I had to go out last Friday.
Regular readers of this blog will suspect that I am pretty good at staying home and I like to think that I am. However, a couple of things needed addressing. I had saved them all up to make one trip. I truly appreciated that these essential services were open and I noted just how they were able to be open and safe.
- I had to go to the lab to get some blood taken. Normally, I would go into the office, grab a number, and then sit in the waiting room to be called. Not so, these days. There was a little table outside the locked door with a clipboard where you sign your name, phone number, and car description. I brought my own pen so I pumped some sanitizer after filling in my details and went back to the car. I also noted how many people were ahead of me so that I could keep count. After the five ahead, I was waved up to wait for a second. My temperature was taken, she returned inside to disinfect the chair and then waved me in. The door locked behind me. There was very little talk and it was over in a matter of 30 seconds.
- I had to pick up some groceries. There was a guard (not very threatening) but was checking for masks and numbers to the Sobeys. Between times, the person was wiping down grocery carts. Another table, another hand sanitizer and I was ready to go. Instead of my usual wander through the store, there were footprints on the floor to guide me up and down the aisles. I didn’t have the urge to do my bit of impulse buying. It was a matter of getting in, finding my stuff, and checking out. Checkout was a little different; they no longer pack your bags as they’re behind plexiglass. So, I packed my own, noting that this was indeed a skill I had not acquired.
- Wouldn’t you know it? I should have been done at that point but wasn’t. I needed gas. One final stop was the Circle K/Shell and, unfortunately, pay at the pump was down. So, I pumped my gas, sanitized my hands and then went into the store to pay. Business there seemed to be pretty normal but the clerk was behind plexiglass. Up I went and went to pay; the guy behind the counter reminded me that the lottery pot was pretty high and would I like a ticket. I’m not a big lottery person but I thought that with all the stay at home stuff, maybe sales were down and odds would be up. Equally as quickly, I remembered that payouts aren’t dependent on the number of tickets bought so passed. When i got back to the car, I sanitized my hands with the pump that sits in my drink slot.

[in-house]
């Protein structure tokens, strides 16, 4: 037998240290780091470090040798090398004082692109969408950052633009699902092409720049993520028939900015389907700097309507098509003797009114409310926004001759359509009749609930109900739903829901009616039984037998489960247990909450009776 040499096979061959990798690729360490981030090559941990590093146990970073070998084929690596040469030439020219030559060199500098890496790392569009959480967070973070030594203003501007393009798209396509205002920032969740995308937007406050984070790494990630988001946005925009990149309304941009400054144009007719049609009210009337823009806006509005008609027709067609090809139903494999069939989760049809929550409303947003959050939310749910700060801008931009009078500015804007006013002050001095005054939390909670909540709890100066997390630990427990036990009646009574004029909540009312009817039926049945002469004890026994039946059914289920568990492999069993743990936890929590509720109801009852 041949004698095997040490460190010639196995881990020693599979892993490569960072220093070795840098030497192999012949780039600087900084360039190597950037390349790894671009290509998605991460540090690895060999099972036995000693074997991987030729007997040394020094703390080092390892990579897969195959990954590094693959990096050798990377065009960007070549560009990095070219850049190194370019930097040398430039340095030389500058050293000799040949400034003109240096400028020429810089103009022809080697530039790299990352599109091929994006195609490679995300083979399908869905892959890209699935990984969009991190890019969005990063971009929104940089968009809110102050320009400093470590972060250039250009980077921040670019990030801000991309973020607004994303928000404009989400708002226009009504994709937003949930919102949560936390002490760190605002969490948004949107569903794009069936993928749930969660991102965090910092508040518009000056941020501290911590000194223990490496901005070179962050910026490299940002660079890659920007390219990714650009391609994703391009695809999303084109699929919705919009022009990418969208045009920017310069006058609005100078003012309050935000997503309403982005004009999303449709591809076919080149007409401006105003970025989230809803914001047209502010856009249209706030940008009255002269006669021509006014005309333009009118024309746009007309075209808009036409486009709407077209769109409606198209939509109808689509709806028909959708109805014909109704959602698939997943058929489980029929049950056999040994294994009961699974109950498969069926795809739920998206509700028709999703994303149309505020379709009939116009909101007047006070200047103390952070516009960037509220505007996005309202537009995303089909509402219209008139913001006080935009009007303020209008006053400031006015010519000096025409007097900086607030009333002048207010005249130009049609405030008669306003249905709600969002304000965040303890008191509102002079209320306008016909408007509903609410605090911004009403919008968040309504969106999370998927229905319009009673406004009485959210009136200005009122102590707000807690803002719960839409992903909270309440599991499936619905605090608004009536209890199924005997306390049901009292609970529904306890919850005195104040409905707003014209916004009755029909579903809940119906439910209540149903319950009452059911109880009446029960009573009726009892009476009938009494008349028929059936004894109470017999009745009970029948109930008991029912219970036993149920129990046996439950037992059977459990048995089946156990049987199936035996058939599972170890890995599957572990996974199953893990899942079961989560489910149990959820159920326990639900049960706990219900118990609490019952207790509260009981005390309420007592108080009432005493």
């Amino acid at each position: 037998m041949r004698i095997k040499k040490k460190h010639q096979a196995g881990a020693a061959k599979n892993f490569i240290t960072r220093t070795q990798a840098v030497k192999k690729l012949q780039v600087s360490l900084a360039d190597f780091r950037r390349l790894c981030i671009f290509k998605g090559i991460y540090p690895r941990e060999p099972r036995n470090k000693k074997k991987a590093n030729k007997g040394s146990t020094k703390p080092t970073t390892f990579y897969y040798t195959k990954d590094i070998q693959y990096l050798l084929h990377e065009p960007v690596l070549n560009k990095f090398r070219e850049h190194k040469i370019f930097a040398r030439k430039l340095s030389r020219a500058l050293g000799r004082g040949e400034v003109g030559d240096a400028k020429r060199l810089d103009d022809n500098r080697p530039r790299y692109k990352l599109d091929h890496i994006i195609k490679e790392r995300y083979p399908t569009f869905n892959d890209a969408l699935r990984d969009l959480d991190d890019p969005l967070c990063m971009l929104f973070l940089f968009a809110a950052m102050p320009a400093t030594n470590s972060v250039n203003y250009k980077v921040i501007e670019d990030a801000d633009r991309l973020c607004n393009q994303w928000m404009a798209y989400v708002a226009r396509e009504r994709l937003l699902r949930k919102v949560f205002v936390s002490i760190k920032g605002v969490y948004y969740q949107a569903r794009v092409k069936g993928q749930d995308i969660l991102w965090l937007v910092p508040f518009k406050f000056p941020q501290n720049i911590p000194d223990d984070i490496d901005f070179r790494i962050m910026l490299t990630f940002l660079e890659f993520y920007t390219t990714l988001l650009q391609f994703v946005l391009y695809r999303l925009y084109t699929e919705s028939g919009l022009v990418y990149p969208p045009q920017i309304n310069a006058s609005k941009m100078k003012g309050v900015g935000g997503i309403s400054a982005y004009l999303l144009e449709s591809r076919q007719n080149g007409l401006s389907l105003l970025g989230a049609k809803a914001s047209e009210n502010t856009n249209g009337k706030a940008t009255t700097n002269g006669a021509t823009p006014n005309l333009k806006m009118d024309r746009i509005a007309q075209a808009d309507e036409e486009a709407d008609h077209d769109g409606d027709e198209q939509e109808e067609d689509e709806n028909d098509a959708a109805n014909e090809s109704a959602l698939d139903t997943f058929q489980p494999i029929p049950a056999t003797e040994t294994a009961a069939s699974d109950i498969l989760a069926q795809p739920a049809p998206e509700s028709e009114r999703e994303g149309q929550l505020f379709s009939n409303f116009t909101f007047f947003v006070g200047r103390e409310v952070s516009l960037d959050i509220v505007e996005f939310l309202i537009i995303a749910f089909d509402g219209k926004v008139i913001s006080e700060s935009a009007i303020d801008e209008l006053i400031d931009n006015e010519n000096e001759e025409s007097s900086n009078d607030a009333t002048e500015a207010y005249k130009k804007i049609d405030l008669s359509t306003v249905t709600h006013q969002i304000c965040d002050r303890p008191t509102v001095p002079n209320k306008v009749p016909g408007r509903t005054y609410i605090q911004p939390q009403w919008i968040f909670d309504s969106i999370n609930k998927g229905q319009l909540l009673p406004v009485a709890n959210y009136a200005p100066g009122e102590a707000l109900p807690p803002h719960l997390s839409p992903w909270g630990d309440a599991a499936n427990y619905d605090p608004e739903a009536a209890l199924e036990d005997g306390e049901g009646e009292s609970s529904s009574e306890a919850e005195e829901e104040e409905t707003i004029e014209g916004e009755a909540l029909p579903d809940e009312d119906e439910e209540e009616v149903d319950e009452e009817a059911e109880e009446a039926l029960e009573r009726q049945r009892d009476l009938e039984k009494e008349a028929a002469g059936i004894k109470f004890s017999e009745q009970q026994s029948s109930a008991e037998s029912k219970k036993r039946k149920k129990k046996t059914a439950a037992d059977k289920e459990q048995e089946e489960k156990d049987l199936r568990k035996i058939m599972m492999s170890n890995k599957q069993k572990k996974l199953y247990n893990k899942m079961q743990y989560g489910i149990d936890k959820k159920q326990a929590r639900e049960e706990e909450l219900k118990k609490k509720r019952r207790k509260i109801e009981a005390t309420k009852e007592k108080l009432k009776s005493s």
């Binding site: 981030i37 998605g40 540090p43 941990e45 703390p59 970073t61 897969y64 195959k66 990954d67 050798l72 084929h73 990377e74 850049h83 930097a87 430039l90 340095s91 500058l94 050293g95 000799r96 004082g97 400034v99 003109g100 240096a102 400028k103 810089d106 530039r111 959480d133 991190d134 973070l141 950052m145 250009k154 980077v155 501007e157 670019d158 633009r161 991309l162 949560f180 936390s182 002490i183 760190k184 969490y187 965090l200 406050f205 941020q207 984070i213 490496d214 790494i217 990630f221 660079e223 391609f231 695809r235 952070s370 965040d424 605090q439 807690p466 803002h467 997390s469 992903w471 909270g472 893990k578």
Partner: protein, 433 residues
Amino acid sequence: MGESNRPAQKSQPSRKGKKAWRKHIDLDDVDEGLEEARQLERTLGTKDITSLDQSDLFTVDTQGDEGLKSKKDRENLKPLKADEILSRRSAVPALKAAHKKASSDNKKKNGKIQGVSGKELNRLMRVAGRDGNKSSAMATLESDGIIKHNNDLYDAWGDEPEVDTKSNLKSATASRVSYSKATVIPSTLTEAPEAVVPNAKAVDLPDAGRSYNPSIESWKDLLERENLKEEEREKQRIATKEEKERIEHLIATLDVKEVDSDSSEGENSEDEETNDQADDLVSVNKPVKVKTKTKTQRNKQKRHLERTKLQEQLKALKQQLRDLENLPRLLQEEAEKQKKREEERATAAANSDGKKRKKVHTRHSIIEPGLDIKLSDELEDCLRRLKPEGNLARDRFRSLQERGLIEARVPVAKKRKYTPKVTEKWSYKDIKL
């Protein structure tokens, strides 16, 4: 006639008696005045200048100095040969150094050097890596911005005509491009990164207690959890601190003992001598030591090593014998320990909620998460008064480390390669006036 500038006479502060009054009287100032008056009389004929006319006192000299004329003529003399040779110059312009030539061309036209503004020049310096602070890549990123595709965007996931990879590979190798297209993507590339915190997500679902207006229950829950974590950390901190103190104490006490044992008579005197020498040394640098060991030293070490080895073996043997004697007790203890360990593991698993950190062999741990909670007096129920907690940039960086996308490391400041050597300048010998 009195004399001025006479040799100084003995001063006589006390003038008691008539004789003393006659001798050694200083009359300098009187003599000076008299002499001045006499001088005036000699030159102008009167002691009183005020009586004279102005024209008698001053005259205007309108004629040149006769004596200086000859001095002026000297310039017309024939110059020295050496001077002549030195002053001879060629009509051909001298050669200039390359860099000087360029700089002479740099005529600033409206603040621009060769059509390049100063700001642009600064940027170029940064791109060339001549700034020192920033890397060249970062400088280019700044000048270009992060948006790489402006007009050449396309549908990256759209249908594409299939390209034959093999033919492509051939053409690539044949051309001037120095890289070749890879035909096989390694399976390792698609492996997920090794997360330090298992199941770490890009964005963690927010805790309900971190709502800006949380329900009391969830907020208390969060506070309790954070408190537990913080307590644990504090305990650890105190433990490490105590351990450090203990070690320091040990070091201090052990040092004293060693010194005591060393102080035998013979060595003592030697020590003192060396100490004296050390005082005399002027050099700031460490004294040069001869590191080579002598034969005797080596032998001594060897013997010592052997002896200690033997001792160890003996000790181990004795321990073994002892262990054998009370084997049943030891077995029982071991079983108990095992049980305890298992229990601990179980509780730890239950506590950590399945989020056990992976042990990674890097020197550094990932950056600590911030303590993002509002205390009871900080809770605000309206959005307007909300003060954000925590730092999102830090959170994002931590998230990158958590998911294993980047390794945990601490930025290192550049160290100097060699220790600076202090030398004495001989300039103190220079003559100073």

Things definitely have changed. These three places have indeed pivoted to their new reality and I’m so thankful and appreciative that these places and workers were doing their part in making life go on for me and I told those than I ran into exactly that.
I paused at the word “pivot”. I was thinking of a blog post from Peter Cameron a while back where he angrily noted
Please stop using “pivot”.
We did not pivot (implies a simple, natural step).
We took a giant leap into the unknown.
I’m incredibly proud of all educators in #Onted and around🌎for leaping w both feet, supporting one another and trying so hard to make this work. https://t.co/vU43DfwxeU
— Peter Cameron (@cherandpete) April 18, 2020
The entire blog post can be read here.
All people who are still entitled to work have had their conditions and work environment changed. I zeroed in on education workers.
They’ve had a year of
- promises of forced professional learning opportunities to teach online yet nobody seems to remember it
- evaluation of their value
- a return to work with changes
- some face to face
- some partially at a distance
- some completely at a distance
- a promise of person to person time even when at a distance
- parents “in the room” while teaching/learning happens online
- curriculum content modified to meet the new environment
- classroom management reaching new challenges
- another shutdown of school buildings
- add your own to the list
It hasn’t been easy for anybody. Pivot takes on new meaning depending upon your job and working conditions.
The call to action in all this?
I think that we all need to appreciate the new working conditions for everyone who is able to continue to work. I think we need to thank them at every opportunity.